Office 365 Outage Notifications the Way You Want Them – Announcing Webhooks at Office365Mon

From day one Office365Mon has made short work of letting you set up monitoring for your Office 365 tenant in a couple of minutes and notifying you by text and email when an outage occurs. Today we’re happy to announce that we’re taking the next step forward in keeping you in the know by releasing support for webhook notifications. Now you can decide exactly what processes you want to kick off whenever your Office 365 tenant experiences an outage, or even when the status of one of the Office 365 features change.

For those of you who aren’t familiar with what a webhook is, it’s worth a short explanation. A webhook consists of a web site that you host, and that site includes a “place” where another application can send it data. You can then configure another application – in this case Office365Mon – to send data there so that you can process it. With the Office365Mon webhook that’s exactly what we do – when there’s an outage starting for example, we send over a JSON payload that describes what Office365Mon subscription is being impacted, what type of webhook it is, and what resource is being impacted; for example, your SharePoint Online site.

As noted above though, we do this for more than just those times when an outage starts. We send notifications to your webhook under the following conditions:

  • When an outage starts
  • When an outage ends
  • When an Office 365 feature enters one of the following states (NOTE: you control which of these states you want monitored when you configure your Office365Mon subscription):
    • Investigating
    • RestoringService
    • VerifyingService
    • ServiceRestored
    • PostIncidentReviewPublished
    • ServiceDegradation
    • ServiceInterruption
    • ExtendedRecovery
    • Scheduled
    • InProgress
    • Completed
    • Canceled
    • ServiceOperational

If you compare this to how notifications are handled today, you can quickly see the power of the webhook. When an outage starts you get an email and/or a text message; then what do you do? You pull up a laptop or get on your phone and start emailing people, start updating your service status on internal sites, let your help desk know there’s an issue, maybe check in with your Technical Account Manager (TAM) at Microsoft, etc. You probably have a whole checklist of things to do.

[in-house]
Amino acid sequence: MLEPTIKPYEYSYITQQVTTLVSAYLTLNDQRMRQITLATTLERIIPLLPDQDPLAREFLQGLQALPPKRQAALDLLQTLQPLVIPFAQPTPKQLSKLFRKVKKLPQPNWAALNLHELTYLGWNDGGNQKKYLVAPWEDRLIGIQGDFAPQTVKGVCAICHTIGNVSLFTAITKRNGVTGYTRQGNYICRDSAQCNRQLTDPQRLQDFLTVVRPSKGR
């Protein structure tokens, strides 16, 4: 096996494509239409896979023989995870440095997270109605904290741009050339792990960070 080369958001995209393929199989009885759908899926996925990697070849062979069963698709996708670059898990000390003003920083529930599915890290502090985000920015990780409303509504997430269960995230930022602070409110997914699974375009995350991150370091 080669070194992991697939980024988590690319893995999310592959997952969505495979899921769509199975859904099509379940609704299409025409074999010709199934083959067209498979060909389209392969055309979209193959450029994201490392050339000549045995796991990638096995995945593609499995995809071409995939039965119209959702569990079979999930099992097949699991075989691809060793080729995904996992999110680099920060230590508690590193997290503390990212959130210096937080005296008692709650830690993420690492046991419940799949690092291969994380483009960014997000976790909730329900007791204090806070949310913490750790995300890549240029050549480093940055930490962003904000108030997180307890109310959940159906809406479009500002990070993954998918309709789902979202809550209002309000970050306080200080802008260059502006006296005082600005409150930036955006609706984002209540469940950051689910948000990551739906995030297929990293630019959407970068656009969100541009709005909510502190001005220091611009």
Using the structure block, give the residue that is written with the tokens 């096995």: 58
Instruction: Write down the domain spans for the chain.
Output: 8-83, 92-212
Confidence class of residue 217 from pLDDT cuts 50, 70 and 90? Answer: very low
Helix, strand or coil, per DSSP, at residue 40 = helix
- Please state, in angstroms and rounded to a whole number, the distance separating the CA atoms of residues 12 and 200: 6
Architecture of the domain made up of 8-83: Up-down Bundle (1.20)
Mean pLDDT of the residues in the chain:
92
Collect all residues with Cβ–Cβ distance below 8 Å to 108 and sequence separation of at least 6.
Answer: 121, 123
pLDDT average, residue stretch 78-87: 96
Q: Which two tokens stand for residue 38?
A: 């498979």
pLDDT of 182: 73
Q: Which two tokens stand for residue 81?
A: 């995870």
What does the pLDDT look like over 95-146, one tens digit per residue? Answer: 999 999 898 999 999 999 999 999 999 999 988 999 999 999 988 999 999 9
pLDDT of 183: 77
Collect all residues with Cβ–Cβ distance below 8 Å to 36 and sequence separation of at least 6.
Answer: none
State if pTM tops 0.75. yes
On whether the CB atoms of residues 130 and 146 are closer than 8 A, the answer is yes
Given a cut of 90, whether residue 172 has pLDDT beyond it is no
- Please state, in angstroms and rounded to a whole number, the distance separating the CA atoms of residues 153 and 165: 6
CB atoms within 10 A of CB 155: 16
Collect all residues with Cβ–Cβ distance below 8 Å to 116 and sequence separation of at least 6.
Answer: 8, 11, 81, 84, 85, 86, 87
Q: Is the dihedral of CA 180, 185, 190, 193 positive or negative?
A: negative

Now imagine this same scenario with a webhook. You automate everything. You’re no longer manually working through a checklist of tasks. You can create your own workflows that take different actions depending on the information you get in your webhook. For example, you can have it automatically update an internal Help Desk portal with an alert status that SharePoint Online is currently experiencing an outage. That informs users, reduces Help Desk phone calls, and keeps your team focused on fixing issues. Your workflows can automatically send out an email to your Help Desk organization letting them know an outage is occurring. It can fire off an email to your TAM letting him or her know that you have an outage going on so they should be prepared in case you need to open or escalate a support case. You can kick off a triage process with your engineering teams to start assessing the impact. You get the idea – you can do whatever you want – because now its notifications the way you want them.

To get started creating your webhook you should download our developer documentation for our Subscription Management API from here: It explains the particulars around what data is sent to your webhook, the requirements that your webhook needs to support, how to process the webhook data that is sent to you, etc. We’ve added support for webhooks in both our website and through our Subscription Management API. That means that you can add and remove a webhook, as well as test a webhook entirely using our Subscription Management API. You can also do the same thing when you go to configure your Office365Mon subscription in our site. In the Notification Info section you can add or remove a webhook, as well as send a test webhook right from that page:


As a developer, I love the possibilities that a feature like this opens up. I hope that you’ll find many useful ways to take advantage of this for your own organizations. This is also a good time to point out that this is yet another example of a feature that we added based on suggestions and feedback from you, our customers. Please keep them coming, we love hearing them.

From sunny Phoenix,


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